gravy. If you take the milk out, and you add sour cream and paprika you could be in Hungary. If you take the milk out, and you add tomatoes and bananas and habanero, you can be in West Africa. The technique is the same, basically, but you’re changing the spices. And that’s sort of how we are as people. We’re very similar, and the differences are very small.

Carla Hall is a former “Top Chef” contestant, a D.C. resident, owner of an artisanal cookie company and a co-host of ABC’s “The Chew.” But her true calling is expanding America’s definition of “comfort food.” In her new cookbook, “Carla’s Comfort Foods” ($30, Atria Books), the native of Nashville, Tenn., begins with the Southern recipes she grew up eating and branches out to explore classic dishes from around the world. She’ll talk about it at Sixth and I on Monday.



What local places do you like?

A lot of the places we go to are joints. We just want a little joint. I think that’s why you have to go to Wheaton, Md., and Fairfax and Falls Church. They’re still there. I’m really happy about our restaurant scene, but unfortunately the more expensive the real estate is, you kind of push those places out. I don’t know what the solution is. You want that authentic food, but they can’t really afford to be downtown.

What was the inspiration for this cookbook?

The f irst t hought t hat I had actually had nothing to do with food and had more to do with people. It was around 2012, and people were just focusing on their differences. I said, “You know, I wish I could show through food how we’re very similar.”

As soon as I say “comfort food” you go to macaroni and cheese, collard greens, smothered chicken, barbecue. But the fact of the matter is I love all kinds of foods from all over the world, and they’re just as comforting as food from my region.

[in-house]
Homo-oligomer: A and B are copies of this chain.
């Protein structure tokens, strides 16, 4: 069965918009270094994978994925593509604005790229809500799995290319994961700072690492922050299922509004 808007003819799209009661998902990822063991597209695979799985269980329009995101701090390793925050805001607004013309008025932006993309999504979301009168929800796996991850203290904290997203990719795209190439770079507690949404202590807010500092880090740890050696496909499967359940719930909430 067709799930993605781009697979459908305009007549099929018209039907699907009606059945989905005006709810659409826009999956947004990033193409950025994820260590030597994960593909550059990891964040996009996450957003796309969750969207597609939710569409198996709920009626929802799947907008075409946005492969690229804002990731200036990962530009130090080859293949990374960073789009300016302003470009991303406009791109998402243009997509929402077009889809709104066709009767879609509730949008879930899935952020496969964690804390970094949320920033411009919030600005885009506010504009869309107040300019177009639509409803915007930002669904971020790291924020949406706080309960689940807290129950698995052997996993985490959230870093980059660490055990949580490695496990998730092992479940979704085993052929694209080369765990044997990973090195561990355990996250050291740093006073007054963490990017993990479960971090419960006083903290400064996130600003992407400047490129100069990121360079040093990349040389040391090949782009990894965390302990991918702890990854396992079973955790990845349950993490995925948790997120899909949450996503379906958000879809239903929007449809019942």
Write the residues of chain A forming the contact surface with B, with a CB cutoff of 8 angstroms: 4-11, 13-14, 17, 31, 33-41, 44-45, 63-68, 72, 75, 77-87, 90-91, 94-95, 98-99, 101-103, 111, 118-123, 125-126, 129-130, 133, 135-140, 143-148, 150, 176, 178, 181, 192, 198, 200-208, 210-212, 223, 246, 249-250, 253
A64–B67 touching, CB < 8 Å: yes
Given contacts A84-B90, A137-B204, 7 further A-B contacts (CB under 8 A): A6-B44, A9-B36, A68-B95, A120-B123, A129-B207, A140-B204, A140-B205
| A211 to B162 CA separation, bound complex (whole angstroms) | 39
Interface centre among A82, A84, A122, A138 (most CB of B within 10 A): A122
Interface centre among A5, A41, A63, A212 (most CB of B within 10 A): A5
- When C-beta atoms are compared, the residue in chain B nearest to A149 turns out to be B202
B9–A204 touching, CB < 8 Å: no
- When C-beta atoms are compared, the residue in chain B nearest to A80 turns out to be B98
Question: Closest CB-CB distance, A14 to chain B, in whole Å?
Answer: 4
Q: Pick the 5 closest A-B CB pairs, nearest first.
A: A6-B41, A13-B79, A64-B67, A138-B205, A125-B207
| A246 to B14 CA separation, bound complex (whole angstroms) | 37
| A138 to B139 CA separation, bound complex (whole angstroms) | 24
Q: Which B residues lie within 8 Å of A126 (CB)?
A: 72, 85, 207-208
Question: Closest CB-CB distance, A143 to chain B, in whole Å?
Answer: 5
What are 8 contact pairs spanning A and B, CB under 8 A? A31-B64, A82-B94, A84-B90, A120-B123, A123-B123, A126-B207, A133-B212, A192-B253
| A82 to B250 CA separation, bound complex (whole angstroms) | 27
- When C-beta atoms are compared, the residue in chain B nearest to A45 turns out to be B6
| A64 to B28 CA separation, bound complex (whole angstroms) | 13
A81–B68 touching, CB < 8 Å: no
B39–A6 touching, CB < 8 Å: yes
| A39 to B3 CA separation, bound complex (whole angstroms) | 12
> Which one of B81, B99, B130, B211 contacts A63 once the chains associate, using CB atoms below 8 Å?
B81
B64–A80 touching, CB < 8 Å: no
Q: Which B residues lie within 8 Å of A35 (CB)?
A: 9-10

No. I wish. Some of the dishes come from the places I’ve traveled. Some of it is just traveling around D.C. because, as you know, we have so many different cuisines represented here. It’s really nice to kind of travel through food here in D.C.

You cook very healthfully. How do you do that with comfort food?

What I really try to do is to come back to having those fresh ingredients and cooking from scratch. When you’re controlling what you make and what you’re putting into your food, it can be very healthy. At the Sixth and I event, You’ll be speaking with Pati Jinich of Pati’s Mexican Table.

I love her! She’s been on “The Chew” at least three times. [Cohost] Mario [Batali] has a huge crush on Pati. BETH MARLOWE (EXPRESS)

How do you do that through food?

Sixth and I Historic Synagogue, 600 I St. NW; Mon., 7 p.m., $20; 202-4083100, (Gallery Place)

The idea was starting in the South and having a chicken with milk

This book is about comfort food, but a very international version of comfort food.

Did you get to travel all over the world to find recipes?


“I love all kinds of foods from all over the world, and they’re just as comforting as food from my region.”

⁄2 cup thinly sliced red onion ⁄2 cup shredded carrot


Recipe File


1 jalapeno chile, stemmed, seeded and minced 1 ⁄2 teaspoon dried oregano

CARLA HALL’S TANGY HOT CABBAGE SLAW “There’s a pupusas joint near my home that gets packed as dinnertime approaches. Their hot griddled cornmeal cakes come with a little plastic container of this slaw, which balances the hearty meat-and-cheese fillings. This super simple slaw is just as good on any other cornmeal creation.”


If ad space were real estate, this would be a historic row house in Logan Circle.